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Chapter 10

Chapter 10 (*ONLY upto 10.4.2)


Department
Linguistics
Course Code
LINA02H3
Professor
Chandan Narayan
Chapter
10

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LINA02 - Contemporary Linguistic Analysis
Chapter 10 First Language Acquisition
10.1 The Study of Language Acquisition
The end result of language acquisition is a grammar (the mental system that
allows people to speak and understand a language.
The development of linguistic skills must involve the acquisition of a
grammar because mature language users are able to produce and understand
an unlimited number of novel sentences (which can only happen if, as children,
they obtained the grammar for their language) and because of the speech
errors that children make (some of these errors are able to tell us that the
children have formulated general grammatical rules).
Example: runned, children create the rule that adding –ed to a
word forms the past tense
10.1.1 Methods
oMost language acquisition research is done on childrens early
utterances, the order in which they emerge, and the kinds of errors that
they contain.
Two approaches
oNaturalistic approach: investigators observe and record childrens
spontaneous utterances.
oTypes of naturalistic observation include diary studies, taping
sessions
oNaturalistic studies tend to be longitudinal because they examine
language development in a certain child or group for a long period
of time (sometimes as long as several years), but this method
allows researchers to observe development in individual children
as an ongoing process
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oA disadvantage of naturalistic studies is that speech samples from
individual children display only a small amount of their
utterances at any given point in development
oExperimental approach: researchers use specially designed tasks
to provoke linguistic activity relative to what they are studying,
and use the results to hypothesize about the type of grammatical
system that is active
Types of experimental studies
The development of linguistic skills must involve the acquisition
of a grammar because mature language users are able to produce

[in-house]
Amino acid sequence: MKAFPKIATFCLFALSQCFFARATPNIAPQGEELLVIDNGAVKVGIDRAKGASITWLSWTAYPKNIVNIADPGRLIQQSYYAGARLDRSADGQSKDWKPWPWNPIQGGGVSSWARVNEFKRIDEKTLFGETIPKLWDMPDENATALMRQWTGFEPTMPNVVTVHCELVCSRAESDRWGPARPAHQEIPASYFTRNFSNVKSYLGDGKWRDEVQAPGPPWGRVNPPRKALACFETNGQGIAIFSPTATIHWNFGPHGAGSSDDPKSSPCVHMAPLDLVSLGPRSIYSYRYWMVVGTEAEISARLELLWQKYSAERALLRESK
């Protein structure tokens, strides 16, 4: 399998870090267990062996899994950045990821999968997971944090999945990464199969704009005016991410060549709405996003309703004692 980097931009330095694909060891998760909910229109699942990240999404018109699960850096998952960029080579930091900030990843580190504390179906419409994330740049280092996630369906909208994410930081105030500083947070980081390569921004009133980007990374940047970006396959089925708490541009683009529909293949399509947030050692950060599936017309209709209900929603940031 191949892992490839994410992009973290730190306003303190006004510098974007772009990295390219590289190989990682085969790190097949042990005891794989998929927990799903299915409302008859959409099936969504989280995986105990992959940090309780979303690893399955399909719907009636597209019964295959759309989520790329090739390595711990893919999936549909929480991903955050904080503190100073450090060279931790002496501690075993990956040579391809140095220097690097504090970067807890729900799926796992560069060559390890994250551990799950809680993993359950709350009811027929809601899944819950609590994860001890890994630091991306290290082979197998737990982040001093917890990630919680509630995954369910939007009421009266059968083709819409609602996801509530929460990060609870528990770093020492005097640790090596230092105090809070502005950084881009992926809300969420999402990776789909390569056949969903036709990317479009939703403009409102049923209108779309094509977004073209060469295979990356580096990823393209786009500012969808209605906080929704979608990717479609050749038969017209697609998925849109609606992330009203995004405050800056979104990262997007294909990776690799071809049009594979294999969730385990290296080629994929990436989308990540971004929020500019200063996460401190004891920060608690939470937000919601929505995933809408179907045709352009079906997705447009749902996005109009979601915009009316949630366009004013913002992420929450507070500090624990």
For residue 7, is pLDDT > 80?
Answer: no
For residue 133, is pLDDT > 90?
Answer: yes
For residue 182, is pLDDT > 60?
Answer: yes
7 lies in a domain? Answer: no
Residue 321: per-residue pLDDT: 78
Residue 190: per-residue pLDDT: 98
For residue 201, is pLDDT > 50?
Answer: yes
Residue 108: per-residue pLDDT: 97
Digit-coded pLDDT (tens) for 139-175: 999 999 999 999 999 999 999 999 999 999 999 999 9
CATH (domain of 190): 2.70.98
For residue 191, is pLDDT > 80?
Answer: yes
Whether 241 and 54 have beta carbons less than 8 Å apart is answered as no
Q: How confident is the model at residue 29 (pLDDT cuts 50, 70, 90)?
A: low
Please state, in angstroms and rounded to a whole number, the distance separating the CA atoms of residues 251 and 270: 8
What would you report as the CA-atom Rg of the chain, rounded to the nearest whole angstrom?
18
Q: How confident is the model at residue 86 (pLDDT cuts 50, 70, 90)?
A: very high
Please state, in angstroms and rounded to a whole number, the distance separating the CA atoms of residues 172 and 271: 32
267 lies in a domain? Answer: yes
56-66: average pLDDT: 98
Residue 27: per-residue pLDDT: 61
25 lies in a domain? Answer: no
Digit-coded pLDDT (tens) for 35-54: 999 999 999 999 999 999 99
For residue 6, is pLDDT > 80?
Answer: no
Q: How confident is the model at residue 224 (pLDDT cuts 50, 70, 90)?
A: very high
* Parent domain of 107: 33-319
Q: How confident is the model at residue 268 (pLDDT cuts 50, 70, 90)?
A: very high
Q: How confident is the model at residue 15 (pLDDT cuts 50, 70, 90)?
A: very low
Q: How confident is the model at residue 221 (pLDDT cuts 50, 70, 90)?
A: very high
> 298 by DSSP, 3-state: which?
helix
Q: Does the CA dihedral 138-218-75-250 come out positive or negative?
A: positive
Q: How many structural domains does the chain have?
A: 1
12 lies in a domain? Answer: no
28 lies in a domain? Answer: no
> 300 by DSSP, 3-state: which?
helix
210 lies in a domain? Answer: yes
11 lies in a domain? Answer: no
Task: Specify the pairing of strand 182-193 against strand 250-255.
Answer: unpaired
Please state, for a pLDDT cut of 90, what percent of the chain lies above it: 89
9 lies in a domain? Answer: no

and understand an unlimited number of novel sentences (which
can only happen if, as children, they obtained the grammar for
their language) and because of the speech errors that children
make (some of these errors are able to tell us that the children
have formulated general grammatical rules).
Example: runned, children create the rule that adding –ed
to a word forms the past tense
oResponses to comprehension tasks can provide information
about the type of grammatical rules being used to interpret
sentences at different stages
oProduction tasks can be useful for assessing certain types of
linguistic knowledge, but there are many structures that are hard
to provoke because they are only used in special context
oProduction tasks are sometimes inaccurate because a childs
ability to understand language is often more advanced that their
ability to create their own sentences
oIn general, the experimental approach allows researchers to
collect very specific data on certain matters
oA childs performance in any of the tasks can be affected by
inattention, shyness, failure to understand what is expected, etc.
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10.2 Phonological Development
Pg. 338 Children seem to be born with a perceptual system that is
especially designed for listening to speech. Newborns respond differently to
human voices than to other sounds, they show a preference for the language of
their parents over other languages by the time they are two days old, and they
can recognize their mothers voice within a matter of weeks.
1 month old: able to distinguish among speech sounds
10.2.1 Babbling
oOnset of babbling occurs around 6 months of age
oBabbling allows children to experiment with their vocal apparatus, as
well as start gaining control over it
oChildren who cannot babble (medical issues) can still acquire normal
pronunciation, but their speech development will be delayed
10.2.2 Developmental Order
o12 months old: children start to produce first (understandable) words
oBabbling may not die out until several weeks after the production of
words
oRegular patterns of pronunciation: after acquiring 50 words
oPg. 339: As a group, vowels are generally acquired before consonants
(by age three). Stops tend to be acquired before other consonants. In
terms of place of articulation, labials are often acquired first, followed
(with some variation) by alveolars, velars, and alveopalatals.
Interdentals are acquired last.
oSounds that are acquired early are generally sounds that are common
across many languages
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